PARIS — French citizens will have to work two years longer before they can retire, part of a deeply unpopular plan to overhaul the country’s costly pension system that will test President Emmanuel Macron’s ability to deliver change in his second term.
Here’s what’s in the pension reform plan:
WHAT’S IN THE PLAN? * Retirement age pushed back by two years to 64. The change will be gradual, increased by three months per year from September, until 2030. * From 2027, workers will have to make social security contributions over 43 years rather than 42 years in order to draw a full pension. The additional year was already foreseen in a 2014 reform but Macron is accelerating the pace of transition. * Guaranteed minimum pension income of not less than 85% of the net minimum wage, or roughly 1,200 euros per month at current levels, for new retirees. After year one of retirement, the pensions of those receiving a minimum income will be indexed to inflation. The government expects to recalibrate upwards the incomes of those already receiving the lowest pensions. * Public workers in jobs deemed physically or mentally arduous will maintain the right to early retirement, though their retirement age will be increased by the same number of years as the wider labor force.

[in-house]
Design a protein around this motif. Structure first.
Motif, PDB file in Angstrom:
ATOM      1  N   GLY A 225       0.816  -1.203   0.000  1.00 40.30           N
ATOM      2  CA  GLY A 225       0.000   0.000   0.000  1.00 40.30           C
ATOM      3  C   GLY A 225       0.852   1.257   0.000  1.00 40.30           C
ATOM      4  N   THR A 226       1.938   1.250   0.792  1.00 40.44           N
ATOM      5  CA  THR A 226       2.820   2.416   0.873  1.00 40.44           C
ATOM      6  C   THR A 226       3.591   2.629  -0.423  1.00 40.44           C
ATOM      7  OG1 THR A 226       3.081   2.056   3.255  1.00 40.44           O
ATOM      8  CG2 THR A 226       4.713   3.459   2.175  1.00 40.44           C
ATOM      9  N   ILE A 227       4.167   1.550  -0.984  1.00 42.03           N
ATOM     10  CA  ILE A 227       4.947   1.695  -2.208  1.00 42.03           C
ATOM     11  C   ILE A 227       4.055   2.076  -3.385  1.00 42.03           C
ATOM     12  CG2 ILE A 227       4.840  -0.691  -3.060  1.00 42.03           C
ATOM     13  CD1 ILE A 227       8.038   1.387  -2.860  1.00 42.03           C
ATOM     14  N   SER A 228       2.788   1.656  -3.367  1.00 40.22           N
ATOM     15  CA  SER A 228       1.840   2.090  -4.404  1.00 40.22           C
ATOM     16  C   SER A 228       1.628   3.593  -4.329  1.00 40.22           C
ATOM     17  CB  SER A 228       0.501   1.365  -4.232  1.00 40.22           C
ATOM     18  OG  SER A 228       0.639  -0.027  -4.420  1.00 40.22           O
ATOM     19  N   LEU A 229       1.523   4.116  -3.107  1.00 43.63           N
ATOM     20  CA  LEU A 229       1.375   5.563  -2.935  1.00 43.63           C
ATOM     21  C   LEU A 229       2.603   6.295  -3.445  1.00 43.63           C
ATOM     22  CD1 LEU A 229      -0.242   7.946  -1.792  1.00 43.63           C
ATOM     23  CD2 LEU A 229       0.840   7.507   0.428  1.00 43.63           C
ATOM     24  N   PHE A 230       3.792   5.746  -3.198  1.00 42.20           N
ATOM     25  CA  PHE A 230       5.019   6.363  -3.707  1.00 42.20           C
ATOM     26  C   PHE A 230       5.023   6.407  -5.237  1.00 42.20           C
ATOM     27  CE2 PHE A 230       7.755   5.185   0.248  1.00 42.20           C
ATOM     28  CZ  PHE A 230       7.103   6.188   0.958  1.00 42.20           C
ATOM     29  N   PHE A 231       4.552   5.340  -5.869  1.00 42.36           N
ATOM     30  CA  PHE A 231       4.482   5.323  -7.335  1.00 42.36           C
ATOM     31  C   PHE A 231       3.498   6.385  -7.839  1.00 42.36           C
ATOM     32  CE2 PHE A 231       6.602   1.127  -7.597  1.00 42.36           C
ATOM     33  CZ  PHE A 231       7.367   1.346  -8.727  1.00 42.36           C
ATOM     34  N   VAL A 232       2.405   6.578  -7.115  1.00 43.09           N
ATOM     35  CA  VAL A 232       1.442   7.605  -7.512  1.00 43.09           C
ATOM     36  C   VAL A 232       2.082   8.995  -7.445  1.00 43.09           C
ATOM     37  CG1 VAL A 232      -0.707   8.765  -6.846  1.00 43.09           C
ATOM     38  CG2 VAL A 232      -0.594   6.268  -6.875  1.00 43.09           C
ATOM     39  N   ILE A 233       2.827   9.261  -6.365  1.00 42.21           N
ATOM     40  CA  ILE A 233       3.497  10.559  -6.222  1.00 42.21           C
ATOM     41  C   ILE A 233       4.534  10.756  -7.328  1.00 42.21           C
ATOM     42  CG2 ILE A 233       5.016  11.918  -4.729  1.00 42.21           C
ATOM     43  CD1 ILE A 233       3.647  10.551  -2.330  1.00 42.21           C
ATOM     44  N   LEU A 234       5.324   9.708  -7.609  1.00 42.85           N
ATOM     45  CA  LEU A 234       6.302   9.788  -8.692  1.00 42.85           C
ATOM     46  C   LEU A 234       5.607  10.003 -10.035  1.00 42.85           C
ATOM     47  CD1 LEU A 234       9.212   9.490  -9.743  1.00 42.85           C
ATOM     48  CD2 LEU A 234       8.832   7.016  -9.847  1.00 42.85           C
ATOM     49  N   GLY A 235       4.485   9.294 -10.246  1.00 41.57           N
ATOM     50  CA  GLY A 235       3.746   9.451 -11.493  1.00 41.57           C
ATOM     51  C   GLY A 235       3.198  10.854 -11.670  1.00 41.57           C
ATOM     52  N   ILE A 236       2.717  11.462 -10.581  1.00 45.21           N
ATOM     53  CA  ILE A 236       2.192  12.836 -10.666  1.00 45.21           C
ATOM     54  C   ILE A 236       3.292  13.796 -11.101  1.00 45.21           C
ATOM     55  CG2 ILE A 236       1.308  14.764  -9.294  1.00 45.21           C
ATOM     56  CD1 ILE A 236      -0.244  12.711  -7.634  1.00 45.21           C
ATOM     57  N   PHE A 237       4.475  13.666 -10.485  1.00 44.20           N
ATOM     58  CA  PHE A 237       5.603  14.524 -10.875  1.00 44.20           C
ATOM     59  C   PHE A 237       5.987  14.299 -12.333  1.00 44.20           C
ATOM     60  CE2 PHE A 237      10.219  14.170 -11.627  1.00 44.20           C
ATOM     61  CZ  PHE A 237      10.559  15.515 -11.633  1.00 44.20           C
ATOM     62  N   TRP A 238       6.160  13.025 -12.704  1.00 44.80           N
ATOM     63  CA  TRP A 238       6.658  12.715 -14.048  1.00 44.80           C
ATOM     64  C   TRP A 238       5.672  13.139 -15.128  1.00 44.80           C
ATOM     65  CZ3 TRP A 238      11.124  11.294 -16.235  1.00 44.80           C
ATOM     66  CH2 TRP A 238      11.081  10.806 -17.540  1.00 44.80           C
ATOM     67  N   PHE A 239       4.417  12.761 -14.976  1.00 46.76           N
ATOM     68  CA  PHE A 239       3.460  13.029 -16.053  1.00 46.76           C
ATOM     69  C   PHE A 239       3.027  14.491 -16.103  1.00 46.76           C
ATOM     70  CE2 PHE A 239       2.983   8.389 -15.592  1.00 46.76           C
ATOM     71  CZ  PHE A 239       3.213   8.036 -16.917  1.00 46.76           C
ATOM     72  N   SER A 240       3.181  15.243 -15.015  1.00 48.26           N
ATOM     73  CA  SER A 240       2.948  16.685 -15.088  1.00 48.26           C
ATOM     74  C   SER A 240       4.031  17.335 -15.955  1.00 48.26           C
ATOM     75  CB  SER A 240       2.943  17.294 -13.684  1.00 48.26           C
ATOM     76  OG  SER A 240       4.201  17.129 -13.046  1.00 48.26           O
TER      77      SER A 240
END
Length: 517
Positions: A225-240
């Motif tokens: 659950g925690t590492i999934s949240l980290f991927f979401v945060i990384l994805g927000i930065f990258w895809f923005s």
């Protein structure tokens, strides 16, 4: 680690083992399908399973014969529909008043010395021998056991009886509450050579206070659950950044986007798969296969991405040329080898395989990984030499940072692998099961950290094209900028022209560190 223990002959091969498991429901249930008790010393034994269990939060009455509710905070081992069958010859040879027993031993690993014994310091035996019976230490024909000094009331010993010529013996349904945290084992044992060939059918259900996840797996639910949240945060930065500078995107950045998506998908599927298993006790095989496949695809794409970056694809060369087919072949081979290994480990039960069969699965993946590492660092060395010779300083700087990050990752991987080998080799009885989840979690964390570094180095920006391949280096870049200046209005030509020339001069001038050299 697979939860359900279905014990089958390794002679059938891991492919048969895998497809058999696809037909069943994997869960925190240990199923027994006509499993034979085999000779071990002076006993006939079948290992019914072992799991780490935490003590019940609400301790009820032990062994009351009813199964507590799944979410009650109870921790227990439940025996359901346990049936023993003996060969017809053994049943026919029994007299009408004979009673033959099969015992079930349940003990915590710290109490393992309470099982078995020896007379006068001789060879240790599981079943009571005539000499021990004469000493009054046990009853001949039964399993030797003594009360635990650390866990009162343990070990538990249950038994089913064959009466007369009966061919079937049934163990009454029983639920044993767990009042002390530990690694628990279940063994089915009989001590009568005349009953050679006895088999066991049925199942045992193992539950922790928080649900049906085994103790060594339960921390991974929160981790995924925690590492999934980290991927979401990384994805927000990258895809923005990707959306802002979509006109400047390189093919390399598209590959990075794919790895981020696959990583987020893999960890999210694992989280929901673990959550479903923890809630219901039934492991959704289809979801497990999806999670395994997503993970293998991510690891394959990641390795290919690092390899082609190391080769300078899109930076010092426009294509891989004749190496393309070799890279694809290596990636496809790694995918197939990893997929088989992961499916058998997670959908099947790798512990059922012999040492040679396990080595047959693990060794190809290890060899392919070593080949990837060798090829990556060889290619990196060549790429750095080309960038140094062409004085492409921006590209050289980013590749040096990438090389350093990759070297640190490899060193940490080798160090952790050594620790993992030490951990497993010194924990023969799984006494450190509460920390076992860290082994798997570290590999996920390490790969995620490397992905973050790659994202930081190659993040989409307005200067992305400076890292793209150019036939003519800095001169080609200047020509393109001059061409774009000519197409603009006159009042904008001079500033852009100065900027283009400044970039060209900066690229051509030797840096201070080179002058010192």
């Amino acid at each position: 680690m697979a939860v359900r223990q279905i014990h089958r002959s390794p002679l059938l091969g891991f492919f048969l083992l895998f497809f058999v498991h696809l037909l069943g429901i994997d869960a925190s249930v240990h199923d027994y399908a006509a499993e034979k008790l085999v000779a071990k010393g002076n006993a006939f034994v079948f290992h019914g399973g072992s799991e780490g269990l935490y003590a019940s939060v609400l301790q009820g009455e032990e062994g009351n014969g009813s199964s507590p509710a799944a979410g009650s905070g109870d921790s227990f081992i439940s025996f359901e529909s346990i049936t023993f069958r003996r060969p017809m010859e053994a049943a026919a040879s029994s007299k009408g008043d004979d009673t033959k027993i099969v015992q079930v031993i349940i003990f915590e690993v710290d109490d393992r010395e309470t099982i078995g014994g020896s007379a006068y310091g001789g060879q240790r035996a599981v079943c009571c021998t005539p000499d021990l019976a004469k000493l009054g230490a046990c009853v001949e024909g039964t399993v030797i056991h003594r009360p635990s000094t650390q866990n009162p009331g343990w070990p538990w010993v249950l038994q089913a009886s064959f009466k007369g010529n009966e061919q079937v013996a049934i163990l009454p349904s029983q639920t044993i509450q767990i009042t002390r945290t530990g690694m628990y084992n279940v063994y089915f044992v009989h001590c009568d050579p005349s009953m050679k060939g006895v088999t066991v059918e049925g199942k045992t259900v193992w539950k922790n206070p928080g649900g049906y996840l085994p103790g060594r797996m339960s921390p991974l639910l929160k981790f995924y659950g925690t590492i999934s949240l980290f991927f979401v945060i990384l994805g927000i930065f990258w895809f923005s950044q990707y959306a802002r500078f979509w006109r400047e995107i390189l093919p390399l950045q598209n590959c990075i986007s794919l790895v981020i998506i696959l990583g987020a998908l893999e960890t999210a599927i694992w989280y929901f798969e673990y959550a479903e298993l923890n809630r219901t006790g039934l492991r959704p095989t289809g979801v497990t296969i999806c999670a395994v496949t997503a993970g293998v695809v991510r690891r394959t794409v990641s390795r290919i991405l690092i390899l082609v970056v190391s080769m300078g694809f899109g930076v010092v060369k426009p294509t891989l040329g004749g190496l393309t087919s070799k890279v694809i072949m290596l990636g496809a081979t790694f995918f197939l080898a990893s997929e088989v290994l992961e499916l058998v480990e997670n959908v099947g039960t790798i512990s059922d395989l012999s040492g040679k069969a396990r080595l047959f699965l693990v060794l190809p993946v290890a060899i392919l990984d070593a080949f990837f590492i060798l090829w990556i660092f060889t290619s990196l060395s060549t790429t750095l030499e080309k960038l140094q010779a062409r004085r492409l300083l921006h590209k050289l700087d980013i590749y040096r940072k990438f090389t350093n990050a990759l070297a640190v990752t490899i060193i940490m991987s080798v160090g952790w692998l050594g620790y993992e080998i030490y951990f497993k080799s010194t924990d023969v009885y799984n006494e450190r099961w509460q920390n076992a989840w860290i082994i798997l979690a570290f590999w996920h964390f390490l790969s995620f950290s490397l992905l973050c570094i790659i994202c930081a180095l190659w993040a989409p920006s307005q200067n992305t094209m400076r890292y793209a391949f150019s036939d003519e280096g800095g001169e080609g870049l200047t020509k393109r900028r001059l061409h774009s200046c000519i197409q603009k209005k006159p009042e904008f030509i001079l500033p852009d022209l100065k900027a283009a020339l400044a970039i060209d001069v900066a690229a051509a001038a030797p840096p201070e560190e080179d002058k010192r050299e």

Police officers, sewer cleaners, prison guards and air traffic controllers are among those currently able to retire at 52. * The end to a grouping of a dozen so-called ‘special regimes’ with different retirement ages and benefits that currently cover, among others, rail workers, electricity and gas workers and central bank staff.
This change will only apply to new entrants to the labor market. Existing workers in these sectors keep hold of their perks.
However, the ‘special regimes’ covering sea-farers and Paris Opera House performers survive. * A ‘Seniors Index’ modeled on France’s gender equality index and which would measure the progress made by companies vis-a-vis the training and recruitment of seniors.
WHAT IMPACT? * Boost the employment rate among 60-64 year-olds. In France, the employment rate in this age category is just 33% compared with 61% in Germany and 69% in Sweden. * The pensions of the poorest 30% will increase by 2.5%-5%, according to the government. * Gross savings of 17.7 billion euros per year by 2030. * Balanced pension budget by 2030. Existing forecasts without any reform show a pension budget deficit of 13.5 billion euros in 2030. (Editing by Richard Lough, Alexandra Hudson)